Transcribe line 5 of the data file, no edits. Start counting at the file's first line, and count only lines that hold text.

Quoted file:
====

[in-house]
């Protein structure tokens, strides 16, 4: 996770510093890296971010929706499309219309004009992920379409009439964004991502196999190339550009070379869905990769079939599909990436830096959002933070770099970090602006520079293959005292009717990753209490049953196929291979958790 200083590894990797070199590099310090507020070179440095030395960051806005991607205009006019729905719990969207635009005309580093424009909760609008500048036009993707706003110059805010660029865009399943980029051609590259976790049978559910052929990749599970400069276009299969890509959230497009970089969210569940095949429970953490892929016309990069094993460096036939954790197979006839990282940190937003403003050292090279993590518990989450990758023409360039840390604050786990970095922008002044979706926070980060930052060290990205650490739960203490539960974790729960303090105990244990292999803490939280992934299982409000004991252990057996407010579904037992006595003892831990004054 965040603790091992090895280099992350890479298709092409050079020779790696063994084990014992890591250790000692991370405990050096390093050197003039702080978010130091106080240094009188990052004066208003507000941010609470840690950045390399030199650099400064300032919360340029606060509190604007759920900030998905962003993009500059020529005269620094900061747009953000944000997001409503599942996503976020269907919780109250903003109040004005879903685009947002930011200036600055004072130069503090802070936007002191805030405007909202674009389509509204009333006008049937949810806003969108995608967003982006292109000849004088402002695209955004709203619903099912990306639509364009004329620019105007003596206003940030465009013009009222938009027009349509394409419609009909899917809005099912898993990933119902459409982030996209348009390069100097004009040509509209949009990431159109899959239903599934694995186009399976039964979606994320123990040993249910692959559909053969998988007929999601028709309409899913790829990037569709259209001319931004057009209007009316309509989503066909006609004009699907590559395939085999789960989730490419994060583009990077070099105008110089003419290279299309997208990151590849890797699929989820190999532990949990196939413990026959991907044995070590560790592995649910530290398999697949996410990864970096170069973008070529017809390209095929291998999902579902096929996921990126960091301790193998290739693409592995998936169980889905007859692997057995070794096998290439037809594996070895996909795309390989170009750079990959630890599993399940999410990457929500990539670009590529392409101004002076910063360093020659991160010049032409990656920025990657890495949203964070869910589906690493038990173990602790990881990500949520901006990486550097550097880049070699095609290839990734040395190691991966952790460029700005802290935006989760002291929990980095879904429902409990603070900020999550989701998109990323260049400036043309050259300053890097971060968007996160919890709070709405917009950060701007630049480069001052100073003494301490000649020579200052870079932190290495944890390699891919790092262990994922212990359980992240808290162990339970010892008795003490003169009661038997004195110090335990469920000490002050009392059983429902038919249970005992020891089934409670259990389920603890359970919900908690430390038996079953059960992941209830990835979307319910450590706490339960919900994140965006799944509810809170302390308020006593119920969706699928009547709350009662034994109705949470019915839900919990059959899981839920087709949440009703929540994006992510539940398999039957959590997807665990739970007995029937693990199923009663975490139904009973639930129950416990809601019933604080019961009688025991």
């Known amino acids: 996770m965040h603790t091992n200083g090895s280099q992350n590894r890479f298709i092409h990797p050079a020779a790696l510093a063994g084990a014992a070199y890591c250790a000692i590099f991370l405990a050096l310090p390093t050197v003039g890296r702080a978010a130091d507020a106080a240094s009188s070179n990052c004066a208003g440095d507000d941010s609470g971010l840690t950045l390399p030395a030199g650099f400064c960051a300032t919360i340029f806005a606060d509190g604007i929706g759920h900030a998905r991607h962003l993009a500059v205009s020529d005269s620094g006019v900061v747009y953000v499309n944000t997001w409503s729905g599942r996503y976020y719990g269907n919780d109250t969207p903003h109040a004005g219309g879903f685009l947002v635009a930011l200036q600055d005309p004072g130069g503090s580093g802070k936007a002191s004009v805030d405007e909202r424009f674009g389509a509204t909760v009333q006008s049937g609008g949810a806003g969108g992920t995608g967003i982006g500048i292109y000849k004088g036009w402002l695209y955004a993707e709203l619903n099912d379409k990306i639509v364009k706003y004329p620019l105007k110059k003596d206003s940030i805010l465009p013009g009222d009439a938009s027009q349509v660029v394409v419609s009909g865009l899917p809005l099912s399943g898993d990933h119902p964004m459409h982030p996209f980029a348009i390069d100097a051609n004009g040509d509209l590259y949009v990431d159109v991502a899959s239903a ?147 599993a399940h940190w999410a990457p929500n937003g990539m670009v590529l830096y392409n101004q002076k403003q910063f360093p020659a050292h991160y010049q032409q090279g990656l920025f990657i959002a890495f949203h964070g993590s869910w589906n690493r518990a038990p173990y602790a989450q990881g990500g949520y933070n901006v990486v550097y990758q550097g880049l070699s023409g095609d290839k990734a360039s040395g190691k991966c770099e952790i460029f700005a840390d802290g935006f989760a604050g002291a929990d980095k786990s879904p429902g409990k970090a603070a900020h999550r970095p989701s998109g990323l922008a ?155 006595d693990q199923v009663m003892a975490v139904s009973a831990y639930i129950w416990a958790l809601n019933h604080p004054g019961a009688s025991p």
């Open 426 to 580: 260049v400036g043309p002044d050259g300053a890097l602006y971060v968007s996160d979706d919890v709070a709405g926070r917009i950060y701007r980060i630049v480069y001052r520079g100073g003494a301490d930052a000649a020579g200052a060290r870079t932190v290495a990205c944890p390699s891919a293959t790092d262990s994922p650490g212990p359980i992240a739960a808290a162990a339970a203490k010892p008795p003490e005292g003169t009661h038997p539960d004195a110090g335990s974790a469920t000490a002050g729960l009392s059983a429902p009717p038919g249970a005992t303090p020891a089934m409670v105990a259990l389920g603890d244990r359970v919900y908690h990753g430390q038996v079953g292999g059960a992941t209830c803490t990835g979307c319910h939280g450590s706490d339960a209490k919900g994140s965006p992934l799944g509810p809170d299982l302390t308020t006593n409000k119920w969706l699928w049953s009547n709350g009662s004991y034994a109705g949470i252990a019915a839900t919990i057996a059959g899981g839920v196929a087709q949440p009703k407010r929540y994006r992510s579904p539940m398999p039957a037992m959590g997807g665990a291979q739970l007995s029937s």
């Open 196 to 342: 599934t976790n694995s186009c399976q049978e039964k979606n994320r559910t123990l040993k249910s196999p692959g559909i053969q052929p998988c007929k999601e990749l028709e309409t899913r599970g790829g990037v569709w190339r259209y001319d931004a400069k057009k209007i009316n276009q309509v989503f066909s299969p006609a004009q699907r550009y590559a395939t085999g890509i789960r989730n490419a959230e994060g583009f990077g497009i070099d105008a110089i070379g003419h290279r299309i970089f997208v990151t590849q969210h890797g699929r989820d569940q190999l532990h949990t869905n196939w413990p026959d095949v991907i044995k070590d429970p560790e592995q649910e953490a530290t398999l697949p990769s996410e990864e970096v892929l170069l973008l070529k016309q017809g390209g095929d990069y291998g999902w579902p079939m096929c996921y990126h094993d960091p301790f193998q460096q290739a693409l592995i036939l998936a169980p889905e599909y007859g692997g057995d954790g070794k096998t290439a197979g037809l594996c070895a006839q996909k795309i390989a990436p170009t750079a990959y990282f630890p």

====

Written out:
């Open 196 to 342: 599934t976790n694995s186009c399976q049978e039964k979606n994320r559910t123990l040993k249910s196999p692959g559909i053969q052929p998988c007929k999601e990749l028709e309409t899913r599970g790829g990037v569709w190339r259209y001319d931004a400069k057009k209007i009316n276009q309509v989503f066909s299969p006609a004009q699907r550009y590559a395939t085999g890509i789960r989730n490419a959230e994060g583009f990077g497009i070099d105008a110089i070379g003419h290279r299309i970089f997208v990151t590849q969210h890797g699929r989820d569940q190999l532990h949990t869905n196939w413990p026959d095949v991907i044995k070590d429970p560790e592995q649910e953490a530290t398999l697949p990769s996410e990864e970096v892929l170069l973008l070529k016309q017809g390209g095929d990069y291998g999902w579902p079939m096929c996921y990126h094993d960091p301790f193998q460096q290739a693409l592995i036939l998936a169980p889905e599909y007859g692997g057995d954790g070794k096998t290439a197979g037809l594996c070895a006839q996909k795309i390989a990436p170009t750079a990959y990282f630890p």